Anchorman: “IRGC Quds Force chief Qassem Suleimani issued a strong warning in Twitter responding to the Zionist regime’s latest attacks in Syria and Lebanon. Soleimani referred to Israel’s latest airstrikes in Syria and Lebanon and wrote, ‘Most certainly, these crazy operations will be the last efforts of the Zionist regime.’”
“The largest faction in the Iraqi Parliament issued a statement describing the Zionist regime’s attacks against the Hashd al-Shaabi (Popular Mobilization Forces) as a declaration of war against the Iraq’s nation and sovereignty.
“The al-Fath faction considers it its right to respond to these insults to Iraq’s dignity. We call on the Iraqi government and Parliament to end the U.S. presence in Iraqi airspace. The Americans, who claim to protect Iraq’s airspace, have become a cover for airstrikes against Iraqi sovereignty.”
IRGC in Lebanon
Following these series of attacks against Iran-backed militias in Syria, Iraq and Lebanon, Orient Net, associated to the Syrian opposition cited a Lebanese security source saying Soleimani and IRGC chief Hossein Salami entered Lebanon on Saturday, August 23. Both senior IRGC officials were escorted by a large IRGC and Lebanese Hezbollah security convoy, according to Orient’s source.
Nasrollah held a large secret meeting with Salami and Suleimani to coordinate security matters, the source said. The two senior IRGC officials also paid visits to warehouses and factories of heavy weaponry that Iran has launched for Hezbollah in the town of Naameh south of Beirut.
A source in the Iraqi Parliament Security and Defense Committee shed light on various objectives pursued by the United States in dispatching its strategic F-35 fighter jets, according to Bahrain’s Al-Khaleej daily. The F-35 is a single-seat, single-engine and all-weather stealth multirole fighters. The fifth-generation combat aircraft is designed to perform ground attacks and air-superiority missions.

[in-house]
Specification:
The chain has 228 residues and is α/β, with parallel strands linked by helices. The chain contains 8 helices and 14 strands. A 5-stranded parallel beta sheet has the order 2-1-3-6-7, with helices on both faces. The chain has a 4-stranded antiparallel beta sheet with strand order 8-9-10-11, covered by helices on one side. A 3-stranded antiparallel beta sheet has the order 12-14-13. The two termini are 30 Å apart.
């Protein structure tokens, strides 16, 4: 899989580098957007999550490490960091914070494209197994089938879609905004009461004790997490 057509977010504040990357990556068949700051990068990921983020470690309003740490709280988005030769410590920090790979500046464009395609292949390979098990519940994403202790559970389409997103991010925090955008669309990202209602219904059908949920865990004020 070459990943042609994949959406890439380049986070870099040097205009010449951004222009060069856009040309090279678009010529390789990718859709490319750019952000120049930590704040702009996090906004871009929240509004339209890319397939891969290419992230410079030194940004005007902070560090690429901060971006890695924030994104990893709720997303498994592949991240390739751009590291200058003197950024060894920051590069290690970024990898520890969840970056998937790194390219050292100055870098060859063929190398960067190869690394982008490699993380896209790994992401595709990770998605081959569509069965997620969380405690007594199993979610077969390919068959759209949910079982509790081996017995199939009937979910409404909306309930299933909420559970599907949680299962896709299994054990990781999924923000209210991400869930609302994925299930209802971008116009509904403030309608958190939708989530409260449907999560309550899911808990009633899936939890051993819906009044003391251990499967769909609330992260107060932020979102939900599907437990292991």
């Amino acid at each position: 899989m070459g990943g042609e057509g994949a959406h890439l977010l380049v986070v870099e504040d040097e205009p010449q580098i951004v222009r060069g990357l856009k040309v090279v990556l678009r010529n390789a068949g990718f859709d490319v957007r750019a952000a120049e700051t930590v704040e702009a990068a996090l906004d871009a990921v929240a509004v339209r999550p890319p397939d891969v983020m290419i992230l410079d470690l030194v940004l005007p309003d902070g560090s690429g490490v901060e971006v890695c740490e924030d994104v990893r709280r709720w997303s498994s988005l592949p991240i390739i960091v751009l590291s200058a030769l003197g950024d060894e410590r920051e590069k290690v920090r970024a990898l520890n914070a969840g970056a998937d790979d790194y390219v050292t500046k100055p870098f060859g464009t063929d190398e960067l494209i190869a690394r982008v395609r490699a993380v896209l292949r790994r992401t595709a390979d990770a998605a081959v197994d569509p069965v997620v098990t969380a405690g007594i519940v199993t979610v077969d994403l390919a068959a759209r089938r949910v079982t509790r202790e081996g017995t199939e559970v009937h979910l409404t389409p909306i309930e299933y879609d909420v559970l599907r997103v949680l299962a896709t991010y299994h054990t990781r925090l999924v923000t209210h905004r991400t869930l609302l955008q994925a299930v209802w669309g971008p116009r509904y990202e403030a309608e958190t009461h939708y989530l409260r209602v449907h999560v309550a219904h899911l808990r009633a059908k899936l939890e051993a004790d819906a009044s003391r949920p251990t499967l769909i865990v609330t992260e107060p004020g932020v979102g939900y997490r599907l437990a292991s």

Amer al-Faez, a member of the Iraqi Parliament and the Security and Defense Committee, claims targeting Iraqi sites with F-35 fighter jets – labeled by locals as the “Ghost” – sends a message that Washington has access to any target it wishes across Iraq.
These remarks by al-Faez were made following reports claiming U.S. fighter jets targeting Iraqi police positions in the oil-rich city of Kirkuk in northern Iraq. Reports claimed the attack was the result of an error by U.S. forces in Iraq.
Sources in Iraq’s Iran-backed Hashd al-Shaabi (aka Popular Mobilization Forces – PMF) are saying armed groups associated to these units are seeking new bases following the U.S. dispatching its F-35 fighter jets to the region. All the while, to prevent attacks by the advanced U.S. fighter jets, the PMF have been relocating their ammunition caches to previously unidentified locations.
“Dispatching ‘Ghost’ fighter jets to Iraq and their use in attacks targeting sites inside Iraq is considered as the U.S. flexing its muscles against Iran,” al-Fayez said, emphasizing the Americans have practically blueprinted plans to keep an eye on and continue observation/monitoring missions focusing on Iran from Iraqi soil.
Furthermore, Iraqi MP Abbas Sarut claimed missiles are ready to target the al-Taji airport located north of Baghdad. This is a clear reflection of the economic and military war between Washington and Tehran, he added.
“Armed militia groups that have been designated by Washington as terrorist groups may now be planning to target U.S. targets. This will increase tensions between the two sides and Iraq may become a conflict zone for these two competitors,” Sarut added.
The Iraqi Interior Ministry had previously reported government specialists discovering and neutralizing three ready-to-fire missiles aimed at the al-Taji airport. He provided no details about who was behind this failed attempt.
In other reports, Israeli intelligence sources are reporting Russia has begun pressuring Iran in Syria. The Russians have reportedly begun forcing the Iranian regime’s Revolutionary Guards (IRGC) out of their military bases and returning advanced drones from Syria to Iran.